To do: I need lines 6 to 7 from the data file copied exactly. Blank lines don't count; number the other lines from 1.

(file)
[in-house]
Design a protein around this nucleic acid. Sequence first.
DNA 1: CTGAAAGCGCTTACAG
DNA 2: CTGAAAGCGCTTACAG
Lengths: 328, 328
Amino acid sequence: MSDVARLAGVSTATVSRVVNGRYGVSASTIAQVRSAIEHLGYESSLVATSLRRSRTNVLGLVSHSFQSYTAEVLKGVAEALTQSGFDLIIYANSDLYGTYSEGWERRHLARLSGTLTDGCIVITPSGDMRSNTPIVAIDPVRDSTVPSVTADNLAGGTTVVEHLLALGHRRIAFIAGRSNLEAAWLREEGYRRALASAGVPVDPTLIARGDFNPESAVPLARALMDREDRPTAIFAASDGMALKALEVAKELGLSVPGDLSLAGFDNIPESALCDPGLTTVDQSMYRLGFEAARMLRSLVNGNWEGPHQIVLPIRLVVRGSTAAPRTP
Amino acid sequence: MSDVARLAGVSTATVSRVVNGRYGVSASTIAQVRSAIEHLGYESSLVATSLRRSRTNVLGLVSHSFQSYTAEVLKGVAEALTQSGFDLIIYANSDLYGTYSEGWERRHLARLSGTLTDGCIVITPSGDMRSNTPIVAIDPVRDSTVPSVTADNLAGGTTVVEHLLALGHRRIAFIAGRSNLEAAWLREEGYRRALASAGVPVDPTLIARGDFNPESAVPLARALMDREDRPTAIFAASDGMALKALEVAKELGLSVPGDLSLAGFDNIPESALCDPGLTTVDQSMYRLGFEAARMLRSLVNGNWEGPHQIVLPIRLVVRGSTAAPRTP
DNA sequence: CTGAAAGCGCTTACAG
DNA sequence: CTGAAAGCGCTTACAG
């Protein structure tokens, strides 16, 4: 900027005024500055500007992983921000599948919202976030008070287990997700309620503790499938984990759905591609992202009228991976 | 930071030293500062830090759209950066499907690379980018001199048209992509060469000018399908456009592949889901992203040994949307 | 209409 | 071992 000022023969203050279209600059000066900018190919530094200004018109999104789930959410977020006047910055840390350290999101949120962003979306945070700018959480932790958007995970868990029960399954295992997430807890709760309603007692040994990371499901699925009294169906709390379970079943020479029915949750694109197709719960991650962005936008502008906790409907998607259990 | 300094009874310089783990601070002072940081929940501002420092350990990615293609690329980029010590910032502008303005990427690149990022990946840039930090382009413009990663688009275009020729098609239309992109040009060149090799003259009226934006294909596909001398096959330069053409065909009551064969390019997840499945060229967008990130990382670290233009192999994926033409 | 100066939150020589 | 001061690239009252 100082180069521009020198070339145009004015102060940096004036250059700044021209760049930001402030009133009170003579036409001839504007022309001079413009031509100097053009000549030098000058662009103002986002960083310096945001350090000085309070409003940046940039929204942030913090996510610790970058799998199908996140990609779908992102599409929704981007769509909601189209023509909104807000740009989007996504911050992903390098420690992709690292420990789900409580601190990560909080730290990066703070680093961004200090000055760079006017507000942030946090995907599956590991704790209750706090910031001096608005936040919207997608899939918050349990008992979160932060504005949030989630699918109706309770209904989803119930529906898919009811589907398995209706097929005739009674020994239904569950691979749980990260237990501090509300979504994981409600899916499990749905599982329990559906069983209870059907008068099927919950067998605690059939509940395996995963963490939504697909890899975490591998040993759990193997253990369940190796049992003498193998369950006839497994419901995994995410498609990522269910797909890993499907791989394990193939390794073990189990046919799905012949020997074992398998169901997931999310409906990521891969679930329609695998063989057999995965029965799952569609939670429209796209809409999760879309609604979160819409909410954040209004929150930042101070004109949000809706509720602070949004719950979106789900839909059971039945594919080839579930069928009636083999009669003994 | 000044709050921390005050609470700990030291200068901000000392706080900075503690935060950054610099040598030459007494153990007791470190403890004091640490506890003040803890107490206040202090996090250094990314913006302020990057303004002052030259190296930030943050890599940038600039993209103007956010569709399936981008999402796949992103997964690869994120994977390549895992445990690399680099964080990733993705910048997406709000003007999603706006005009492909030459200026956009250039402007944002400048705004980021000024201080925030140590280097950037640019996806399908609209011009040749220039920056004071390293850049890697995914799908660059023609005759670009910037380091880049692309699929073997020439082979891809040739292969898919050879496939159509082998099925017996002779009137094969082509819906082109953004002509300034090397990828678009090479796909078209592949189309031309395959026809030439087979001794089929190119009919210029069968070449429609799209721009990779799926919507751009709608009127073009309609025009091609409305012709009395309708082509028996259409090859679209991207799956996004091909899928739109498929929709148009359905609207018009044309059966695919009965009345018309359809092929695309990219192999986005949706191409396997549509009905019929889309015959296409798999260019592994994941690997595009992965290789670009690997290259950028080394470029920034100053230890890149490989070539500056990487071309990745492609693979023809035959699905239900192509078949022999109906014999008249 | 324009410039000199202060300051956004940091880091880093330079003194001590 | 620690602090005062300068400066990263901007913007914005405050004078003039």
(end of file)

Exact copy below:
Amino acid sequence: MSDVARLAGVSTATVSRVVNGRYGVSASTIAQVRSAIEHLGYESSLVATSLRRSRTNVLGLVSHSFQSYTAEVLKGVAEALTQSGFDLIIYANSDLYGTYSEGWERRHLARLSGTLTDGCIVITPSGDMRSNTPIVAIDPVRDSTVPSVTADNLAGGTTVVEHLLALGHRRIAFIAGRSNLEAAWLREEGYRRALASAGVPVDPTLIARGDFNPESAVPLARALMDREDRPTAIFAASDGMALKALEVAKELGLSVPGDLSLAGFDNIPESALCDPGLTTVDQSMYRLGFEAARMLRSLVNGNWEGPHQIVLPIRLVVRGSTAAPRTP
Amino acid sequence: MSDVARLAGVSTATVSRVVNGRYGVSASTIAQVRSAIEHLGYESSLVATSLRRSRTNVLGLVSHSFQSYTAEVLKGVAEALTQSGFDLIIYANSDLYGTYSEGWERRHLARLSGTLTDGCIVITPSGDMRSNTPIVAIDPVRDSTVPSVTADNLAGGTTVVEHLLALGHRRIAFIAGRSNLEAAWLREEGYRRALASAGVPVDPTLIARGDFNPESAVPLARALMDREDRPTAIFAASDGMALKALEVAKELGLSVPGDLSLAGFDNIPESALCDPGLTTVDQSMYRLGFEAARMLRSLVNGNWEGPHQIVLPIRLVVRGSTAAPRTP